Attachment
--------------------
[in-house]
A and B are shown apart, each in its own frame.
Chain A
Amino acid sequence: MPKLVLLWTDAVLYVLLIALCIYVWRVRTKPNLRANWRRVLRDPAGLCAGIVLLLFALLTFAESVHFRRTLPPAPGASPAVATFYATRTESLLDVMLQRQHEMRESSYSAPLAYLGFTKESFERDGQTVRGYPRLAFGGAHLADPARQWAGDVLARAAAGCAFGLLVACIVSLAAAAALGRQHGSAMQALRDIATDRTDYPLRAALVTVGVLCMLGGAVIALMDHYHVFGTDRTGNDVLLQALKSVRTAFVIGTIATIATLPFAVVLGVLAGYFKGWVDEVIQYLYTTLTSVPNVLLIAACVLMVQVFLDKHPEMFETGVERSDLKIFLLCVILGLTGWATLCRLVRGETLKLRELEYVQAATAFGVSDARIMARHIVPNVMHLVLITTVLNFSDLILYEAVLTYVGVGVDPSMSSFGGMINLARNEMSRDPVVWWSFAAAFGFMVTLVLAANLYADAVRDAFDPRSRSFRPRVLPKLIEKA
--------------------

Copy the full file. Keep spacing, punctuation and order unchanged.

[in-house]
A and B are shown apart, each in its own frame.
Chain A
Amino acid sequence: MPKLVLLWTDAVLYVLLIALCIYVWRVRTKPNLRANWRRVLRDPAGLCAGIVLLLFALLTFAESVHFRRTLPPAPGASPAVATFYATRTESLLDVMLQRQHEMRESSYSAPLAYLGFTKESFERDGQTVRGYPRLAFGGAHLADPARQWAGDVLARAAAGCAFGLLVACIVSLAAAAALGRQHGSAMQALRDIATDRTDYPLRAALVTVGVLCMLGGAVIALMDHYHVFGTDRTGNDVLLQALKSVRTAFVIGTIATIATLPFAVVLGVLAGYFKGWVDEVIQYLYTTLTSVPNVLLIAACVLMVQVFLDKHPEMFETGVERSDLKIFLLCVILGLTGWATLCRLVRGETLKLRELEYVQAATAFGVSDARIMARHIVPNVMHLVLITTVLNFSDLILYEAVLTYVGVGVDPSMSSFGGMINLARNEMSRDPVVWWSFAAAFGFMVTLVLAANLYADAVRDAFDPRSRSFRPRVLPKLIEKA